When I was growing up I hated peas. I didn’t like the texture and I would pick it out of my food on the sly so my parents wouldn’t see. A maneuver that involved me slowly pushing it to the edge of my plate and under some chicken bones or onto a napkin tucked under my plate. I hated taro as well which is pretty common in many Chinese dishes. Again, it was a textural thing. If a dish had taro I wouldn’t avoid the dish completely. I would just pick out it out and eat everything else. I also never liked lamb. I had this psychological aversion to the smell and taste I imagined it would have. I had never tried it but I was convinced I wouldn’t like it. I always hated cilantro as well. But it was because it had a flavour that I just detested. If its flavour was imparted onto the dish then there was no way I was going to put any of it in my mouth. If it was just a garnish, I would pick out every little green bit I could find because I would not let the cilantro flavour ruin the dish for me.
Now that I’m older, I have no problem with peas! The texture doesn’t bother me anymore and I enjoy cooking with it as much as I enjoy eating it. I discovered a joy for lamb as well this year (only took me 35 years). My friend cooked a lamb shank for me, braised in the oven for hours until the meat was falling off the bone like pulled pork. We ate it in a panini sandwich with arugula, roasted red peppers and a homemade horseradish aioli. After my first bite I was in love! The meat was so tender that it melted in my mouth like butter and to my amazement, none of the lamby (gamey?) taste and smell was present at all. I really should have listened to all those people who tried to convince me how much I was missing out on not eating lamb. All it took was one bite to change that. But the problem was getting to that first bite because appetite is emotional and psychological.
Taro, I still hate and cilantro still repulses me. When I was helping my brother out at his restaurant Vien, many of his customers would ask me if there was cilantro in the garnish or ginger herb sauce. Instantly I knew it was because they hated it and we formed an instant bond over our aversion to the herb! Science has shown that the reason why certain people dislike cilantro so much is genetic. Even the great Julia Child was also a cilantro phobe! In a 2002 interview with Larry King, on the topic of cilantro she said, “I would pick it out if I saw it and throw it on the floor.” My sentiments exactly, Julia! And there are many more of us united on this aversion to cilantro front.
My cousin Lei, on the other hand, grew up with a list of food aversions much longer than mine. I don’t exactly know her reasons but I do know her list included almost all vegetables and most things outside the ground beef and chicken breast realm. She shied away from anything that ‘looked’ funny and stuck to just eating the same dishes she was comfortable with. She ended up marrying a man who hated eating even more things than she did! It was a match made in picky food eaters’ heaven.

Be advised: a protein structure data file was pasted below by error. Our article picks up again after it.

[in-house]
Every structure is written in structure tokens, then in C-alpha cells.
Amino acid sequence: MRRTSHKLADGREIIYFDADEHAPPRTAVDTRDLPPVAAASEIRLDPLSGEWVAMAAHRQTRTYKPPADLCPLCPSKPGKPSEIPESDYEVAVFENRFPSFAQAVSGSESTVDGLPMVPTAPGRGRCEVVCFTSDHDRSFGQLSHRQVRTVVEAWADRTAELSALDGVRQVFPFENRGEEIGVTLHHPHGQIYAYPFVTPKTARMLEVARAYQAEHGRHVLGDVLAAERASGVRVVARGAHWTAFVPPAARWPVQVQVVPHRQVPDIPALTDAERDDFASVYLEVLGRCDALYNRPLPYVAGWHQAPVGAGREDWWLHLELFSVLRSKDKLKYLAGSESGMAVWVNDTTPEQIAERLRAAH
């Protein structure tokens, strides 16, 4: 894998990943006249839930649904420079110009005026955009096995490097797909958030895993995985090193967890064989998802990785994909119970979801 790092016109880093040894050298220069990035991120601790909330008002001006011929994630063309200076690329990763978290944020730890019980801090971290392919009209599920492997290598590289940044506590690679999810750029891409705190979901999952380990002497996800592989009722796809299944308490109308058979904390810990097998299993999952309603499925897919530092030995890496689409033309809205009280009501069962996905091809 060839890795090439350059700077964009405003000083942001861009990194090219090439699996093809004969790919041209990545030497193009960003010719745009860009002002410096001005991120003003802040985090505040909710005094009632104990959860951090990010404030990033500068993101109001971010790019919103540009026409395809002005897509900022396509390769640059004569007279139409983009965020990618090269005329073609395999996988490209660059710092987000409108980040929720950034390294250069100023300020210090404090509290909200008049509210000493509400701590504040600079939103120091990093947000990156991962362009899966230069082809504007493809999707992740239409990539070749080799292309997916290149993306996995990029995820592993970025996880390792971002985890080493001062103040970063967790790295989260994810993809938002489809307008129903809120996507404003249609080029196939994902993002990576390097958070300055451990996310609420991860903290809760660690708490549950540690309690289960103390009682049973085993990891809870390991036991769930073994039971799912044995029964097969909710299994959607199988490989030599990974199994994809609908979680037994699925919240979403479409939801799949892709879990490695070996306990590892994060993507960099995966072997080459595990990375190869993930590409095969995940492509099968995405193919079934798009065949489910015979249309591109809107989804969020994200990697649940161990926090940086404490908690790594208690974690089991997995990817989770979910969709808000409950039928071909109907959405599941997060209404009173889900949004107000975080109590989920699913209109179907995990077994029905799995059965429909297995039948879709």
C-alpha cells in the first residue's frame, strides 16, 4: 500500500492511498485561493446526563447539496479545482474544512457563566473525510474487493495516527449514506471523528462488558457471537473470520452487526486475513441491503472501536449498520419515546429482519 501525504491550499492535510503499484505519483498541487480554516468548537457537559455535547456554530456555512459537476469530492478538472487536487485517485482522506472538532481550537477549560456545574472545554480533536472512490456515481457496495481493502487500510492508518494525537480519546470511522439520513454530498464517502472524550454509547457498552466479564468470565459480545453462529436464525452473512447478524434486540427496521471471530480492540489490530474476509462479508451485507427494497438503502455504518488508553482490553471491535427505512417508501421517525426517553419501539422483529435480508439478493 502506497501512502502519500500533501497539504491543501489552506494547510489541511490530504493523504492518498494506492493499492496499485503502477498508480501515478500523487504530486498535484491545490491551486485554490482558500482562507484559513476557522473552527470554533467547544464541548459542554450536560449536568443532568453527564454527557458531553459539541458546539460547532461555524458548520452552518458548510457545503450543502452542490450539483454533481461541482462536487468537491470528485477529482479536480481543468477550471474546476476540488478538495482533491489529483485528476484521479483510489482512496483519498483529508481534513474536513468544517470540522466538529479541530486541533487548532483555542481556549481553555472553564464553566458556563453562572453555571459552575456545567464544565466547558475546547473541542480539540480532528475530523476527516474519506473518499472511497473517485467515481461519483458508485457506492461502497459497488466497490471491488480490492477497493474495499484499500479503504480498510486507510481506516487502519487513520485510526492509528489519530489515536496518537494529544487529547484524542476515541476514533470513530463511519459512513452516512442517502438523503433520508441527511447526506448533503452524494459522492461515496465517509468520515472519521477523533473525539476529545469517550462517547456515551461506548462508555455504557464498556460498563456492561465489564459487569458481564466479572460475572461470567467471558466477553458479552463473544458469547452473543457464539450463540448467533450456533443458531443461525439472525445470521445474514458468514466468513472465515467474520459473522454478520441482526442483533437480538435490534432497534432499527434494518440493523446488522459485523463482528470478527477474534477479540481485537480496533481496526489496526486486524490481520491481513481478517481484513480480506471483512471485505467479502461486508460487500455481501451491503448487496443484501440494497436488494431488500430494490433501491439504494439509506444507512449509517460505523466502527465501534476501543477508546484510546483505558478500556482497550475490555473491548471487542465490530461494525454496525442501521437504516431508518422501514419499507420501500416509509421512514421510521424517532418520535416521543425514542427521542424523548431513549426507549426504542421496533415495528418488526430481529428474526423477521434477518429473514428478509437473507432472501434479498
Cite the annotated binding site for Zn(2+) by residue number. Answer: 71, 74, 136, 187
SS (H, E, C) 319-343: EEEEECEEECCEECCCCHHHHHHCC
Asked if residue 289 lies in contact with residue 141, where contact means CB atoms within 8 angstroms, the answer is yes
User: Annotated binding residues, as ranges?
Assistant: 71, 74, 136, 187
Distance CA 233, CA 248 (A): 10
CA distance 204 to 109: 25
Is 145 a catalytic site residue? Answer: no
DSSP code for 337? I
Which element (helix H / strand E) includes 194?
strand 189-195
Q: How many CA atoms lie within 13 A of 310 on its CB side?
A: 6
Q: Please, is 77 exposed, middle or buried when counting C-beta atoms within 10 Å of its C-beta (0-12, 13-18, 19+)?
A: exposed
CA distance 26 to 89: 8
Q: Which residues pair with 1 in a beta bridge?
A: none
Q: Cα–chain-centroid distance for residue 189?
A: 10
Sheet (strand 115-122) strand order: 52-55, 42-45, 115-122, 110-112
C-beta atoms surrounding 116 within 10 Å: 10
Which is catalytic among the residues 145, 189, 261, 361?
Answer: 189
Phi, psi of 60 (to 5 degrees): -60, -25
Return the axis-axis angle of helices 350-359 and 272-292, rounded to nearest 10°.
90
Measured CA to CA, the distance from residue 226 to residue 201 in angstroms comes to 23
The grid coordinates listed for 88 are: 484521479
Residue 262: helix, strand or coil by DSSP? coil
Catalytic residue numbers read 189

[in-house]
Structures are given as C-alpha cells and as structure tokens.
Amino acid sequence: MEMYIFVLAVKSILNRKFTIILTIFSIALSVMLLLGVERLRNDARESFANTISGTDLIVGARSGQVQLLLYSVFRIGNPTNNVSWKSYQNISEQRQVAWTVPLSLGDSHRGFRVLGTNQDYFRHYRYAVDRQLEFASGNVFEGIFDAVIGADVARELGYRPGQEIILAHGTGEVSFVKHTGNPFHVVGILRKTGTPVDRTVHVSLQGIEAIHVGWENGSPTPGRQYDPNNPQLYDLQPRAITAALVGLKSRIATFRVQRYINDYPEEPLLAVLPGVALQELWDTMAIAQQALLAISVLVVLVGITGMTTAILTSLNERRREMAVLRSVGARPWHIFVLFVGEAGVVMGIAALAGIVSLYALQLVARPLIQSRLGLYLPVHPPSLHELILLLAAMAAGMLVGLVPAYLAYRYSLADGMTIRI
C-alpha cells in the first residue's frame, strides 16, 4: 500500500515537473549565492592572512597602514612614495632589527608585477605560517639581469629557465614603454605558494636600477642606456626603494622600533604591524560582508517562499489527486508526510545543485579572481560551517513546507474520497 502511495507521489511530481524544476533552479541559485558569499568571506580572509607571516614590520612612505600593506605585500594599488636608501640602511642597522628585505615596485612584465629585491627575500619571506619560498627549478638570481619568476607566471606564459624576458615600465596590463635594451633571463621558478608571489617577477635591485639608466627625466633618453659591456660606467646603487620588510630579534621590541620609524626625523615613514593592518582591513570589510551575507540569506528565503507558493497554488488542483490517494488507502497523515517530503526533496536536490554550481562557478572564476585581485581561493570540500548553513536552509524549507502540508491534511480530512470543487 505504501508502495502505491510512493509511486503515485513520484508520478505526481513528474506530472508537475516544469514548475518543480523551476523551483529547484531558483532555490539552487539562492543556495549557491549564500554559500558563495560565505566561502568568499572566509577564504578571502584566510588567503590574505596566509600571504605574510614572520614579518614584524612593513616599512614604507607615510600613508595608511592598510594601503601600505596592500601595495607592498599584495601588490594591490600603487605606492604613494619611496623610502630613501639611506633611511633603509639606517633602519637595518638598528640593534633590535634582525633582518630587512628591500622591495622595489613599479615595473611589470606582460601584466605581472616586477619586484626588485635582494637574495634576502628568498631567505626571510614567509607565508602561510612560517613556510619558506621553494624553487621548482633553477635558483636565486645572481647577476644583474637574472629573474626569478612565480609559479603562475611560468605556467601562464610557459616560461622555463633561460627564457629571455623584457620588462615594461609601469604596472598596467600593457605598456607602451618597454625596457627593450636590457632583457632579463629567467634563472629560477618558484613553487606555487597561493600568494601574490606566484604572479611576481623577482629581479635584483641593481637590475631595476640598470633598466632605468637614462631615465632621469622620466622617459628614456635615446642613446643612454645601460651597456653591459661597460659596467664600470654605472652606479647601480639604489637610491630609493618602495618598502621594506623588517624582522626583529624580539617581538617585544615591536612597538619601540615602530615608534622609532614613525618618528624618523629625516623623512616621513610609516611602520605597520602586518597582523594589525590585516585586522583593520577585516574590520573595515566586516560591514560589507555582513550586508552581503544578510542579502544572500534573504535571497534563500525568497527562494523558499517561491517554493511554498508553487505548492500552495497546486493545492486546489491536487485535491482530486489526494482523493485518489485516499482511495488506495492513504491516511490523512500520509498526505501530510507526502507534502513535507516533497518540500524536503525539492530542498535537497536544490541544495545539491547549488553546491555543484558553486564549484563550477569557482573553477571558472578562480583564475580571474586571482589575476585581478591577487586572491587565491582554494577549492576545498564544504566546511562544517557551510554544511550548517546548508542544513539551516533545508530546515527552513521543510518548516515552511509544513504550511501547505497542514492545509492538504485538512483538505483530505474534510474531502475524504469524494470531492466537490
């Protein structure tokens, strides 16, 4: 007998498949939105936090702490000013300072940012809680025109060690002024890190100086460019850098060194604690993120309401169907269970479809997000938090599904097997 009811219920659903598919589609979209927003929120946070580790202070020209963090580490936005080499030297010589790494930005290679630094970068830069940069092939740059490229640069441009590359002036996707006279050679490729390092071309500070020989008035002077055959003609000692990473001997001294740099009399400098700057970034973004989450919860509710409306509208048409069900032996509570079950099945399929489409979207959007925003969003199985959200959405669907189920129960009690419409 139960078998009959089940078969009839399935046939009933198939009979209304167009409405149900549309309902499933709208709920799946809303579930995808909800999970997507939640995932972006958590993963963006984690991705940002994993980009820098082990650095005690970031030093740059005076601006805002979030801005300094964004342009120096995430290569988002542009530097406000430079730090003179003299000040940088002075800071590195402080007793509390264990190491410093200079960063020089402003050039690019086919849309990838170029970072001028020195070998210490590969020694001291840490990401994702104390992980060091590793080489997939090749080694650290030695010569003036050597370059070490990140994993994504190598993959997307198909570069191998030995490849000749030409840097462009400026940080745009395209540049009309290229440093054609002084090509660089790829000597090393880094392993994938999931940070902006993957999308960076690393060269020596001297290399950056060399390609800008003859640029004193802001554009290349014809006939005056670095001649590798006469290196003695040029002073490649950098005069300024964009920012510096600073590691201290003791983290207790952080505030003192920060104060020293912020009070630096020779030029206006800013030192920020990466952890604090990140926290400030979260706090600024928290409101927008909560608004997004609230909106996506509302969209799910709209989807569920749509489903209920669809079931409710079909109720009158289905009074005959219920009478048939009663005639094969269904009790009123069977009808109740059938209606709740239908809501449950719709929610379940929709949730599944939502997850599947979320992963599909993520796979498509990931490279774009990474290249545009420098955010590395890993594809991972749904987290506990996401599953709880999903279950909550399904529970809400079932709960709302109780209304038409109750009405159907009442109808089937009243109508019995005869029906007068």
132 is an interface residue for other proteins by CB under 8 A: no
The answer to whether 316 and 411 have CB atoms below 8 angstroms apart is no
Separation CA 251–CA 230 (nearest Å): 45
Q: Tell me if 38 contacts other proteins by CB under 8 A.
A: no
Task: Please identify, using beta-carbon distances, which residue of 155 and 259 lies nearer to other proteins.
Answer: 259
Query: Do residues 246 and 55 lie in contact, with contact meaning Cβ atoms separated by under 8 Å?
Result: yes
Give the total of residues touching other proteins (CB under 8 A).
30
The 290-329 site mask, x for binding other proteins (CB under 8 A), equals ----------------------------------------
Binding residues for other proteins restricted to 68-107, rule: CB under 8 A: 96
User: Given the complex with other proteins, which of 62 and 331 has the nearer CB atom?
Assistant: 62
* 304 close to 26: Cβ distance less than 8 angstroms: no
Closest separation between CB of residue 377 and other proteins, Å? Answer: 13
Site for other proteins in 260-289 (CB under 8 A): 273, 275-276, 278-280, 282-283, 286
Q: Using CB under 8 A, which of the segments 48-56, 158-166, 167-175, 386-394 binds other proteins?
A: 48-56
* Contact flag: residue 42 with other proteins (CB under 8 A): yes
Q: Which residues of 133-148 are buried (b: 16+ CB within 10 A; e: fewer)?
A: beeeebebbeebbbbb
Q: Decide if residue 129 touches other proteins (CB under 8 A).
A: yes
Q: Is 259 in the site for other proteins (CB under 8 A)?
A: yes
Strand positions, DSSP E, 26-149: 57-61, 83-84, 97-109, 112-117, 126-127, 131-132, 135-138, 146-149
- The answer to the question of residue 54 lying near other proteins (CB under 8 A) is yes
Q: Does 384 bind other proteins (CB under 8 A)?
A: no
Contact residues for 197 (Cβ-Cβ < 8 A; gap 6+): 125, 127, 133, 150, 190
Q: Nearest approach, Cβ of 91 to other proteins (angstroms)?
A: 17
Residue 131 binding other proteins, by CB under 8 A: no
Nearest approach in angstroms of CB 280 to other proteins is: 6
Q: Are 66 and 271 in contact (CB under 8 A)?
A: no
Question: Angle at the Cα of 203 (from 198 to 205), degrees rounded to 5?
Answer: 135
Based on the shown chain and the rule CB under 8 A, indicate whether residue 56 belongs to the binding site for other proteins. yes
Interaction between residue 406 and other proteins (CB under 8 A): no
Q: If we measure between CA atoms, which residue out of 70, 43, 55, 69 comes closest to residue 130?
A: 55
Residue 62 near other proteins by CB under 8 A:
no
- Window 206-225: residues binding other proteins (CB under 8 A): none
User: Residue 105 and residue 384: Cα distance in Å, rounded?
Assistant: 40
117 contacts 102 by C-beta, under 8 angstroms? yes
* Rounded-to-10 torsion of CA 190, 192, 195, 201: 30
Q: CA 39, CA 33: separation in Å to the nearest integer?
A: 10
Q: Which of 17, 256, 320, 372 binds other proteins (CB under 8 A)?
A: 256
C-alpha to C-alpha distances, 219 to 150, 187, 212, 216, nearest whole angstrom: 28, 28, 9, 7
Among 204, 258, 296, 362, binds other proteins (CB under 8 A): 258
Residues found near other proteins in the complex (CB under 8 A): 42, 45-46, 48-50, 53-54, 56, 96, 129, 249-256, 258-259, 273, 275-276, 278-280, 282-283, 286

A year ago, Lei told me she wanted to learn how to cook. Her son was starting to eat solid food and she was worried that he would grow up to be as picky an eater as she and her husband. Lei knew that in order to prevent that from happening she had to get out of her comfort zone and make a change in her diet and her perception of food. She decided she was going to learn how to cook and wanted to learn how to eat better. That summer, we started a weekly cooking class. One day a week I would go over to her apartment with an easy menu that she could learn how to prepare. We started with dishes and ingredients that she loved. From there our menus progressed to incorporate more healthier ingredients like leafy greens, vibrantly colored vegetables, and healthy grains like quinoa.
It’s been a year now since our summer of cooking and last week Lei invited us over to her new house for dinner. She made a cream of tomato soup and a butternut squash and spinach quinoa salad with a tahini dressing. I was so proud of her! Imagine, she didn’t even know what tahini was a year ago and now she is making dressings with it. Let’s not forget she’s actually voluntarily eating and cooking butternut squash and spinach now! My adorable nephew gobbles up everything she cooks. Nothing processed, everything homemade. This is living proof that a mother’s love for her child is truly unconditional and that she will move mountains for them. Even when the mountain in her way is herself.